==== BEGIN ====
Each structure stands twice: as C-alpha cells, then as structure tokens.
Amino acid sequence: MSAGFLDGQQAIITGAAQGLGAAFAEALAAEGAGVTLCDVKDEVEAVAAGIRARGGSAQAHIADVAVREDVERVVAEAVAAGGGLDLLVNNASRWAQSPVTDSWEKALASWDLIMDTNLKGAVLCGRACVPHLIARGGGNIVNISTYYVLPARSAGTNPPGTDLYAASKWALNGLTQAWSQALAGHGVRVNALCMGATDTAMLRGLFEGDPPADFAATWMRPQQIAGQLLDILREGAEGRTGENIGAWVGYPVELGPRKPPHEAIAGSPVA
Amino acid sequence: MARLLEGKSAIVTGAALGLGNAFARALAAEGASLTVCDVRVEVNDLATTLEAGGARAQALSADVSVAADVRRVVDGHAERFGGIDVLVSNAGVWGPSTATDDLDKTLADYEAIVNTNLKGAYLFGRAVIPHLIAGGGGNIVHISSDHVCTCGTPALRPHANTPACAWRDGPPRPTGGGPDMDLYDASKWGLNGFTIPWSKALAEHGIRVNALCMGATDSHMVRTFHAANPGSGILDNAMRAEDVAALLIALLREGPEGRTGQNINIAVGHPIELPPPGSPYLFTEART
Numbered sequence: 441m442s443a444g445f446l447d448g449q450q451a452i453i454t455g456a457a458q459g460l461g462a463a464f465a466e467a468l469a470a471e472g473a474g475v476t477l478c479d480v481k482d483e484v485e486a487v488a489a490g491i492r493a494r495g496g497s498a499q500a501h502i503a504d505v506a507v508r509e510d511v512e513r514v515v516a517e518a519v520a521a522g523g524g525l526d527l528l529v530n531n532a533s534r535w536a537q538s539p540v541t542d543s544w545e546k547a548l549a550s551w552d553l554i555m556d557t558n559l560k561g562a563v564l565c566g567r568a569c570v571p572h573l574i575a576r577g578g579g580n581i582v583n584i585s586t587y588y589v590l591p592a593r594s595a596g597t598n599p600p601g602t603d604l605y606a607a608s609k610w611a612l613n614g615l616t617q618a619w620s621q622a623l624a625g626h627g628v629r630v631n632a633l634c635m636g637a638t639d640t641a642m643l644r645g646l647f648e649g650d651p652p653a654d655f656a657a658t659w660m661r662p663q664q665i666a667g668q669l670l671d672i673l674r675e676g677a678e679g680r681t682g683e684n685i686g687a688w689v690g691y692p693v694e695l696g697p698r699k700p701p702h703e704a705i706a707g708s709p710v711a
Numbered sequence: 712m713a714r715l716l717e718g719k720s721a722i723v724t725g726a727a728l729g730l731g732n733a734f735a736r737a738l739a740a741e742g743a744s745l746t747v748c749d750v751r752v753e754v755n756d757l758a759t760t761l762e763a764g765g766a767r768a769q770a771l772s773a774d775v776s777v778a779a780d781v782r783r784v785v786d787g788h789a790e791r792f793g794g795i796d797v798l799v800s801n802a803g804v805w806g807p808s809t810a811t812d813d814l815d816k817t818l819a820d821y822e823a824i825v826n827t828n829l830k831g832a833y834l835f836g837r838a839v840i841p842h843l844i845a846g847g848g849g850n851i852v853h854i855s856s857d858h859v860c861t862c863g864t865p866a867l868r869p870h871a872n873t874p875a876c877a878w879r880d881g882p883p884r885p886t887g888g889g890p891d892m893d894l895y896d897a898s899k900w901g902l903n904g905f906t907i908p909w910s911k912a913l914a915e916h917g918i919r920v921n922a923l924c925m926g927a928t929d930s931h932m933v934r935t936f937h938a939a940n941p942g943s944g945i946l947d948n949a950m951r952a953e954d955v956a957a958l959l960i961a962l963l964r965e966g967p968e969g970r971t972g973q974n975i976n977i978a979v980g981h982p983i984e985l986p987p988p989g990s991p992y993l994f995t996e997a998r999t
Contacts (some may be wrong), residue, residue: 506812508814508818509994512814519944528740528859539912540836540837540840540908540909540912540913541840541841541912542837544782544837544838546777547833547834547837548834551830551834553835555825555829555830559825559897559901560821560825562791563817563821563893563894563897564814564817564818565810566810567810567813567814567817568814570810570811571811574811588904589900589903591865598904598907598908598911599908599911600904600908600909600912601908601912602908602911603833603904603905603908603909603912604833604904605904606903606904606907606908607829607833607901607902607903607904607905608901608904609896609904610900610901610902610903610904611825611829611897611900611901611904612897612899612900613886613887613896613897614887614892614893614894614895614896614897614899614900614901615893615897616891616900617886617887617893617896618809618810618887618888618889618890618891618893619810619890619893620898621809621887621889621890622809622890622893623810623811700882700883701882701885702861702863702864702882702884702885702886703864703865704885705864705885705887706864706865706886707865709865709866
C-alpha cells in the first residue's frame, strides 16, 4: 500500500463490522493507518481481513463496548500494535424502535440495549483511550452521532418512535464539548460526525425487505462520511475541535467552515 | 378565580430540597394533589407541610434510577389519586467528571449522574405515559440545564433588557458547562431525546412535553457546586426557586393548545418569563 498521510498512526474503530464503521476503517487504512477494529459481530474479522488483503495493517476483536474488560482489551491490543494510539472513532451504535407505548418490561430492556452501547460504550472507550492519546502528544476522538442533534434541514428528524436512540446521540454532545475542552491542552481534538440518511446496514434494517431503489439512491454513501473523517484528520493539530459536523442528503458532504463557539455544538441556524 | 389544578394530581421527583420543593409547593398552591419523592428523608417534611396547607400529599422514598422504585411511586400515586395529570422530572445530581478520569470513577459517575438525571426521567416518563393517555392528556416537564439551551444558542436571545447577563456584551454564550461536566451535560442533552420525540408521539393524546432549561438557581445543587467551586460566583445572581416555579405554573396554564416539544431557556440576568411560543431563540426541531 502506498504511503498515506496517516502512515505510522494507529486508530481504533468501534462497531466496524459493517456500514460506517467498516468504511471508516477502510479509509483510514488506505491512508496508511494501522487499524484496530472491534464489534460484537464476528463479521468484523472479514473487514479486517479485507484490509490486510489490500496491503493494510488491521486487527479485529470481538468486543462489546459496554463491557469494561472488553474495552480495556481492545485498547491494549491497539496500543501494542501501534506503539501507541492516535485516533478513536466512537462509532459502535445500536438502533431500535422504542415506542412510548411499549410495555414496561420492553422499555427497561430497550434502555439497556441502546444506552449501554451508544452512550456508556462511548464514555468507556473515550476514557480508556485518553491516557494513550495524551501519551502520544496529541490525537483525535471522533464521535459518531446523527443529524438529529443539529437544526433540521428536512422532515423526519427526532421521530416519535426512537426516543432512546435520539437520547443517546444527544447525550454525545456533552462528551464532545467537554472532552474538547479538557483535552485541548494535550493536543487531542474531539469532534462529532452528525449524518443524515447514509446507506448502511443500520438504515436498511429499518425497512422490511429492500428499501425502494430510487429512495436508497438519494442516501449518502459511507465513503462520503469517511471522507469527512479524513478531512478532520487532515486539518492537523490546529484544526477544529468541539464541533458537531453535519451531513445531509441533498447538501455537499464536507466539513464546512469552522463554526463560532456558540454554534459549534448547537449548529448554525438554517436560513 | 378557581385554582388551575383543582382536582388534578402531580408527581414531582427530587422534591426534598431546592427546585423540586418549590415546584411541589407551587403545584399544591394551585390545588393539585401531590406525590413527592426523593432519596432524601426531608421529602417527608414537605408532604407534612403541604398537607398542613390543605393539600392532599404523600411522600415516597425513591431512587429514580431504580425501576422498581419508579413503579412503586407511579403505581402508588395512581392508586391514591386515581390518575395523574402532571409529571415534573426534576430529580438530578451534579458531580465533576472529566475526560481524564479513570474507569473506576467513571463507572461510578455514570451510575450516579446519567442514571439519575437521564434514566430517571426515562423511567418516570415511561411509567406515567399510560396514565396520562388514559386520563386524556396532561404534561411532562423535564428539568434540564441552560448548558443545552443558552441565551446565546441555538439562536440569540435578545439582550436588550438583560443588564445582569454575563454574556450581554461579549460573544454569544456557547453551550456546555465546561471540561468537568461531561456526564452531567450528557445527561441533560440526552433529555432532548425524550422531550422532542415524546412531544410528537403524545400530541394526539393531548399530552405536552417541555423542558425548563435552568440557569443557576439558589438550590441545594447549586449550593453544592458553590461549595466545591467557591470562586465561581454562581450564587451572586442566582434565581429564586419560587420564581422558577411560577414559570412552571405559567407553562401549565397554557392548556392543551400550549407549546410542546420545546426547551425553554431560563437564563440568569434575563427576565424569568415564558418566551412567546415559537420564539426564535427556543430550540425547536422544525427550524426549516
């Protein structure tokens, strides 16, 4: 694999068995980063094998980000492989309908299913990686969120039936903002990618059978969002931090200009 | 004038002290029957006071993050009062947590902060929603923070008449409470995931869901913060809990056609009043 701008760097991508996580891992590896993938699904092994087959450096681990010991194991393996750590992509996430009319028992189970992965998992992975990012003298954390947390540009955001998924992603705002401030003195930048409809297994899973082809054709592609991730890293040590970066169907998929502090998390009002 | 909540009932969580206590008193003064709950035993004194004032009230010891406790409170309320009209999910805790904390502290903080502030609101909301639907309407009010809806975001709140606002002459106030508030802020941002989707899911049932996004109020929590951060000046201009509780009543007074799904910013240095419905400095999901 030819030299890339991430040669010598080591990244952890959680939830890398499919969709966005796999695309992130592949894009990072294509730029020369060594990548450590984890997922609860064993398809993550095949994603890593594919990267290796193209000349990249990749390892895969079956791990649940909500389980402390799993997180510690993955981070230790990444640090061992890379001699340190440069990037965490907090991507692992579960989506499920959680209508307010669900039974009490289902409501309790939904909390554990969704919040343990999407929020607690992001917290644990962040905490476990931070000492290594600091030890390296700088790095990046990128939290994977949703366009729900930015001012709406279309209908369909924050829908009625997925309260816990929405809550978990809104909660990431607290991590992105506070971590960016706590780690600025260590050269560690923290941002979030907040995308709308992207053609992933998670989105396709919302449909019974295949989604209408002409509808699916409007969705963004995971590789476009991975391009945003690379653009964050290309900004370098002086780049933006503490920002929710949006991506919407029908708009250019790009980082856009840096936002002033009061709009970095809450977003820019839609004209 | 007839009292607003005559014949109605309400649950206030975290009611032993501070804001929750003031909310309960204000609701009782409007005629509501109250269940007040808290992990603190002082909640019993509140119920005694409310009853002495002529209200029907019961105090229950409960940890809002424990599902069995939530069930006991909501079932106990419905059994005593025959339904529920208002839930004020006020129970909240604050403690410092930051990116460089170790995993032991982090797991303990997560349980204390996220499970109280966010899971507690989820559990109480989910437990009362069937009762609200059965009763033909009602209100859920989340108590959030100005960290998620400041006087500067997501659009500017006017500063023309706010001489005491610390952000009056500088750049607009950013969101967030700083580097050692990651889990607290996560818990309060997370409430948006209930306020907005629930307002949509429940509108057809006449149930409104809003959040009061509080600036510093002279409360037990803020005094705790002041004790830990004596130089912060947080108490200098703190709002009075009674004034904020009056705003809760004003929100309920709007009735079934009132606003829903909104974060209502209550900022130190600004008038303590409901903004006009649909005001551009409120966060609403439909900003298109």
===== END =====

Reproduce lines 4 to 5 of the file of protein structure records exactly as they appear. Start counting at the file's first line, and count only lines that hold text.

Numbered sequence: 441m442s443a444g445f446l447d448g449q450q451a452i453i454t455g456a457a458q459g460l461g462a463a464f465a466e467a468l469a470a471e472g473a474g475v476t477l478c479d480v481k482d483e484v485e486a487v488a489a490g491i492r493a494r495g496g497s498a499q500a501h502i503a504d505v506a507v508r509e510d511v512e513r514v515v516a517e518a519v520a521a522g523g524g525l526d527l528l529v530n531n532a533s534r535w536a537q538s539p540v541t542d543s544w545e546k547a548l549a550s551w552d553l554i555m556d557t558n559l560k561g562a563v564l565c566g567r568a569c570v571p572h573l574i575a576r577g578g579g580n581i582v583n584i585s586t587y588y589v590l591p592a593r594s595a596g597t598n599p600p601g602t603d604l605y606a607a608s609k610w611a612l613n614g615l616t617q618a619w620s621q622a623l624a625g626h627g628v629r630v631n632a633l634c635m636g637a638t639d640t641a642m643l644r645g646l647f648e649g650d651p652p653a654d655f656a657a658t659w660m661r662p663q664q665i666a667g668q669l670l671d672i673l674r675e676g677a678e679g680r681t682g683e684n685i686g687a688w689v690g691y692p693v694e695l696g697p698r699k700p701p702h703e704a705i706a707g708s709p710v711a
Numbered sequence: 712m713a714r715l716l717e718g719k720s721a722i723v724t725g726a727a728l729g730l731g732n733a734f735a736r737a738l739a740a741e742g743a744s745l746t747v748c749d750v751r752v753e754v755n756d757l758a759t760t761l762e763a764g765g766a767r768a769q770a771l772s773a774d775v776s777v778a779a780d781v782r783r784v785v786d787g788h789a790e791r792f793g794g795i796d797v798l799v800s801n802a803g804v805w806g807p808s809t810a811t812d813d814l815d816k817t818l819a820d821y822e823a824i825v826n827t828n829l830k831g832a833y834l835f836g837r838a839v840i841p842h843l844i845a846g847g848g849g850n851i852v853h854i855s856s857d858h859v860c861t862c863g864t865p866a867l868r869p870h871a872n873t874p875a876c877a878w879r880d881g882p883p884r885p886t887g888g889g890p891d892m893d894l895y896d897a898s899k900w901g902l903n904g905f906t907i908p909w910s911k912a913l914a915e916h917g918i919r920v921n922a923l924c925m926g927a928t929d930s931h932m933v934r935t936f937h938a939a940n941p942g943s944g945i946l947d948n949a950m951r952a953e954d955v956a957a958l959l960i961a962l963l964r965e966g967p968e969g970r971t972g973q974n975i976n977i978a979v980g981h982p983i984e985l986p987p988p989g990s991p992y993l994f995t996e997a998r999t